Every once in a while, my husband and I will look at each other and admit we’re a couple of dopes. Like the time we bought that waterless cookware—on credit! What were we thinking?
We had one such moment recently during lunch at Goodfriends restaurant in Denver. Goodfriends, a landmark on Colfax Avenue for almost 30 years, was closing. I wanted to write about it, but it had been awhile since I had eaten there, and I wanted to refresh my memory.
Goodfriends was one of Denver’s original fern bars. Its owners, Lee Goodfriend and David Racine, have had three restaurants in town. They opened Goodfriends in the 1970s, Racine’s in the 1980s and then Dixon’s in the 1990s. Their third partner, Dixon Staples, died in 2004.
Sitting in the airy, fern-filled dining room, we puzzled over why we haven’t eaten at Goodfriends more often in recent years. It’s only 10 minutes from our house. The atmosphere is friendly, the service fine, the food delicious and the price reasonable. We’d rediscovered this gem, and now it was too late to enjoy it. We could only shake our heads and again confess that we are idiots. But it looks like we’ll get a chance to wise up.
Another Denver landmark, Annie’s Café—again, friendly atmosphere, good service, good food made from scratch at reasonable prices—is moving into the Goodfriends’ space this month.
Annie’s Café, the kitschy restaurant at Eighth Avenue and Colorado Boulevard , has been open so long, customers who ate there as children now come in with their own kids. A developer bought Annie’s building and plans to tear it down to make way for a hotel.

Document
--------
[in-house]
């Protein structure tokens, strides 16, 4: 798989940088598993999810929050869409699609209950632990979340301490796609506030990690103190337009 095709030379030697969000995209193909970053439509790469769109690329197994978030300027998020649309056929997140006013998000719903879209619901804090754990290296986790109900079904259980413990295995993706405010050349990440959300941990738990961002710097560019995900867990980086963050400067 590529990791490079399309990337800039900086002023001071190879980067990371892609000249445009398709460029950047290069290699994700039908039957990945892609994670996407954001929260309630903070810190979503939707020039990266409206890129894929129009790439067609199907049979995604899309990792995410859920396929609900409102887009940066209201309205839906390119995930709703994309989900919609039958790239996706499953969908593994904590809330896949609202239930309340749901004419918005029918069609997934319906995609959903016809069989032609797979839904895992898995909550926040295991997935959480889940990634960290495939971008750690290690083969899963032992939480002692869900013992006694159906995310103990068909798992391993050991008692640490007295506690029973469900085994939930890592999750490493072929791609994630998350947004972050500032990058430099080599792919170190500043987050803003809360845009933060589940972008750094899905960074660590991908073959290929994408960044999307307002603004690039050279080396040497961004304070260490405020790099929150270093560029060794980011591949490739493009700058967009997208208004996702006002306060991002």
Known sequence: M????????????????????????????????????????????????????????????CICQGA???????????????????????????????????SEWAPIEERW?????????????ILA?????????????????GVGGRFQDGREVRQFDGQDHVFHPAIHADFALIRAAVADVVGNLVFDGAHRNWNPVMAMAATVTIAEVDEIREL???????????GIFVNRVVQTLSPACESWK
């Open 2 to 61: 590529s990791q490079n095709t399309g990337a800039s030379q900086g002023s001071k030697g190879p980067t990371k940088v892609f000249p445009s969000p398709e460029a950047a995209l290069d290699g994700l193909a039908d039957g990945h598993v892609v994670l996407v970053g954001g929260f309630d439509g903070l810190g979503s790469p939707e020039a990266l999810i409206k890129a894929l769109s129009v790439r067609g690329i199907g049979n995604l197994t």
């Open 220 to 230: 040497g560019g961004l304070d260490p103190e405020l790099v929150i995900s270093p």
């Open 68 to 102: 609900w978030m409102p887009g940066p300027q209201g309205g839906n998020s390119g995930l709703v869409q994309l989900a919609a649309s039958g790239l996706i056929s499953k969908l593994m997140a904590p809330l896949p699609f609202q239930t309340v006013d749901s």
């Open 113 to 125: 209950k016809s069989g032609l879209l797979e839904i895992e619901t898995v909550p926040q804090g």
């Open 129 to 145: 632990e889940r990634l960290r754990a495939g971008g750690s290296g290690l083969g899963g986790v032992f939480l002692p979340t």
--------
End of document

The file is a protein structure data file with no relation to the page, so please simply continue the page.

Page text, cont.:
Determined to save their business, Annie’s Café owners Dianne Williams and Peggy Anderson sought advice from Goodfriend and Racine. Racine’s had gone through a similar situation in the 1990s when its building was being torn down. Racine and his partners built a new restaurant a few blocks away.
When Goodfriend heard their predicament, she said she blurted out a solution: “You ought to just buy Goodfriends.”
The lease at Goodfriends was coming up for renewal, and she and Racine seriously had been debating closing the restaurant.
“With the economy the way it is and the wage increase for tipped employees, we felt like it was time to let it go,” Goodfriend said. “With the loss of Dixon, it’s just easier to run two restaurants instead of three.”
The four restaurateurs closed on the deal quickly. Some Good-friends employees will work at Racine’s or Dixon’s. Some will stay and work for Annie’s Café, which is increasing its size in the new location.
“It’s the best for everybody,” Williams said. “I think it’s amazing: two 30-year-old restaurants helping each other out.”
It also sounds pretty smart to me. My husband and I have promised to frequent Annie’s Café. Now if we could find someone to buy a set of waterless cookware.